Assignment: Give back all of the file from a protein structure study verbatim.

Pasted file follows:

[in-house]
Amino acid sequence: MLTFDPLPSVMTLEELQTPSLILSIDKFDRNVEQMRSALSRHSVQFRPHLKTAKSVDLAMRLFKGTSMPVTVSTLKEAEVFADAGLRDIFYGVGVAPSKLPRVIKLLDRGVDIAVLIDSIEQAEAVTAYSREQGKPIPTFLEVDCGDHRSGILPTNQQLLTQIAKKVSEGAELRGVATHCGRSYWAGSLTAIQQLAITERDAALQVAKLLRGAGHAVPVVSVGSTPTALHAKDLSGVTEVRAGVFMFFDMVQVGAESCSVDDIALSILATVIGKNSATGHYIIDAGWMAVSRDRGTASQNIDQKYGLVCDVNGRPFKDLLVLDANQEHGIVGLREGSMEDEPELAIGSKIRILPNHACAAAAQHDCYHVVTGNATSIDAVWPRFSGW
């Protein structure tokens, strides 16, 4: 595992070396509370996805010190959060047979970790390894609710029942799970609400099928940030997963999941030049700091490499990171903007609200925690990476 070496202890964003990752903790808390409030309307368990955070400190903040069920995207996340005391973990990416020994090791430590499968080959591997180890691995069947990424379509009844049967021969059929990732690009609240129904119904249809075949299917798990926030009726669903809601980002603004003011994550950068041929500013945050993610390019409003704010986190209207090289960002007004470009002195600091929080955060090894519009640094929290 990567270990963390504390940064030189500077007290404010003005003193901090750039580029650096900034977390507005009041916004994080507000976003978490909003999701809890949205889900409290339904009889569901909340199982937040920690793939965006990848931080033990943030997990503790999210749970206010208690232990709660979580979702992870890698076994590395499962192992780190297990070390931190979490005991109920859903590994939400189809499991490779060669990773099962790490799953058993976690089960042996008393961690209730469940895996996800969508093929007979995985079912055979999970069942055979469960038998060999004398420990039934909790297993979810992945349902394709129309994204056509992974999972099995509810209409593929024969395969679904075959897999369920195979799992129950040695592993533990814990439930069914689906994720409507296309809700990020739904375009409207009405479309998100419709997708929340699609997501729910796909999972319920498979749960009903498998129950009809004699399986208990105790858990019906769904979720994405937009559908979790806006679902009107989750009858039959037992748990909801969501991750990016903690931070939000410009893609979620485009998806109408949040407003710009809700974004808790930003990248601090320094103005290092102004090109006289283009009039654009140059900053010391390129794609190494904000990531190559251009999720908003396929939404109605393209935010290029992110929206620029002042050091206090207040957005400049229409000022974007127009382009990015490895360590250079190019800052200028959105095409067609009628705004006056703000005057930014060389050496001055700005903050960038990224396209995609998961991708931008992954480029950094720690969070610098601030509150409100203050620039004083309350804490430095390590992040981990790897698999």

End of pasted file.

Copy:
[in-house]
Amino acid sequence: MLTFDPLPSVMTLEELQTPSLILSIDKFDRNVEQMRSALSRHSVQFRPHLKTAKSVDLAMRLFKGTSMPVTVSTLKEAEVFADAGLRDIFYGVGVAPSKLPRVIKLLDRGVDIAVLIDSIEQAEAVTAYSREQGKPIPTFLEVDCGDHRSGILPTNQQLLTQIAKKVSEGAELRGVATHCGRSYWAGSLTAIQQLAITERDAALQVAKLLRGAGHAVPVVSVGSTPTALHAKDLSGVTEVRAGVFMFFDMVQVGAESCSVDDIALSILATVIGKNSATGHYIIDAGWMAVSRDRGTASQNIDQKYGLVCDVNGRPFKDLLVLDANQEHGIVGLREGSMEDEPELAIGSKIRILPNHACAAAAQHDCYHVVTGNATSIDAVWPRFSGW
């Protein structure tokens, strides 16, 4: 595992070396509370996805010190959060047979970790390894609710029942799970609400099928940030997963999941030049700091490499990171903007609200925690990476 070496202890964003990752903790808390409030309307368990955070400190903040069920995207996340005391973990990416020994090791430590499968080959591997180890691995069947990424379509009844049967021969059929990732690009609240129904119904249809075949299917798990926030009726669903809601980002603004003011994550950068041929500013945050993610390019409003704010986190209207090289960002007004470009002195600091929080955060090894519009640094929290 990567270990963390504390940064030189500077007290404010003005003193901090750039580029650096900034977390507005009041916004994080507000976003978490909003999701809890949205889900409290339904009889569901909340199982937040920690793939965006990848931080033990943030997990503790999210749970206010208690232990709660979580979702992870890698076994590395499962192992780190297990070390931190979490005991109920859903590994939400189809499991490779060669990773099962790490799953058993976690089960042996008393961690209730469940895996996800969508093929007979995985079912055979999970069942055979469960038998060999004398420990039934909790297993979810992945349902394709129309994204056509992974999972099995509810209409593929024969395969679904075959897999369920195979799992129950040695592993533990814990439930069914689906994720409507296309809700990020739904375009409207009405479309998100419709997708929340699609997501729910796909999972319920498979749960009903498998129950009809004699399986208990105790858990019906769904979720994405937009559908979790806006679902009107989750009858039959037992748990909801969501991750990016903690931070939000410009893609979620485009998806109408949040407003710009809700974004808790930003990248601090320094103005290092102004090109006289283009009039654009140059900053010391390129794609190494904000990531190559251009999720908003396929939404109605393209935010290029992110929206620029002042050091206090207040957005400049229409000022974007127009382009990015490895360590250079190019800052200028959105095409067609009628705004006056703000005057930014060389050496001055700005903050960038990224396209995609998961991708931008992954480029950094720690969070610098601030509150409100203050620039004083309350804490430095390590992040981990790897698999």